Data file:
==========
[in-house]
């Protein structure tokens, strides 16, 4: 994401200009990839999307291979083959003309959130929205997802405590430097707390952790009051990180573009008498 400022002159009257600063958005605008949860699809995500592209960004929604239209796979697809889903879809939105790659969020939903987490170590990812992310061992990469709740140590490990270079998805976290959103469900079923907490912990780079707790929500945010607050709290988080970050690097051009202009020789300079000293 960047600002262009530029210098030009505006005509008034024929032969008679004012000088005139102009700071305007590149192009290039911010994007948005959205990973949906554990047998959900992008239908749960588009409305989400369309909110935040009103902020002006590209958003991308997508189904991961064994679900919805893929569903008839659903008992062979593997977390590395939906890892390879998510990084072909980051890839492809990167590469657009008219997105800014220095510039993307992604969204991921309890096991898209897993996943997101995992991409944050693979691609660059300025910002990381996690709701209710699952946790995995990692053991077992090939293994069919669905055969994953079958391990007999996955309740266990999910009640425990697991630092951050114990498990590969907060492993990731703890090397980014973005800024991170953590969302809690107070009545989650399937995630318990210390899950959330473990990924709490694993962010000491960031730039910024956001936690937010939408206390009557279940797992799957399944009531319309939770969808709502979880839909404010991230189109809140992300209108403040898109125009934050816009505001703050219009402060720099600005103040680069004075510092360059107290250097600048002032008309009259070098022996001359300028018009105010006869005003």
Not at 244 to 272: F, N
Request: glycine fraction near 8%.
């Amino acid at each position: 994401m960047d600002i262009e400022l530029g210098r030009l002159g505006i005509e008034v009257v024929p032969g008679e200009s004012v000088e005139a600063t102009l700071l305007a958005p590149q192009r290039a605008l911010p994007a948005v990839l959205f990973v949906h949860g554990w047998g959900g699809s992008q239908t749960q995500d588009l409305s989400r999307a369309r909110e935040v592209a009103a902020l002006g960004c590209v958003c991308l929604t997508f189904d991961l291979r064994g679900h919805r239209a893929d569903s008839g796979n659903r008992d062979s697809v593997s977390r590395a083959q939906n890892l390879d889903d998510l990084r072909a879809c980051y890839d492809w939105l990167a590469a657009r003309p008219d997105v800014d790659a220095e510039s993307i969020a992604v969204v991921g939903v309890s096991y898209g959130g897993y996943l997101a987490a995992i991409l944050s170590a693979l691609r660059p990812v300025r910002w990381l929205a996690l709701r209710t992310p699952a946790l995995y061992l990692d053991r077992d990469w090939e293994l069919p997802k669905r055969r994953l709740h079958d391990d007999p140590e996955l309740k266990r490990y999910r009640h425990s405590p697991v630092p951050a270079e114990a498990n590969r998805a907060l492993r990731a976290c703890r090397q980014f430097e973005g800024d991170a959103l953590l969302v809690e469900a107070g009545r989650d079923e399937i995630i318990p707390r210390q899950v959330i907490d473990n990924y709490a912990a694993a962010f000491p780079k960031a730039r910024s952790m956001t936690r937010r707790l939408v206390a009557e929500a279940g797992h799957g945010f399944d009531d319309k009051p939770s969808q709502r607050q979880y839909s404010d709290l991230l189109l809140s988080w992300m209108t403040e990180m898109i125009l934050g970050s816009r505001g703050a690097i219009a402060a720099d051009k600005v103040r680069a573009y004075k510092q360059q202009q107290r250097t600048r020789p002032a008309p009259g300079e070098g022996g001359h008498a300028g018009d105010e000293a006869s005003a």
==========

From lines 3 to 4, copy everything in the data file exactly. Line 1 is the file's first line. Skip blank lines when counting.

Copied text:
Not at 244 to 272: F, N
Request: glycine fraction near 8%.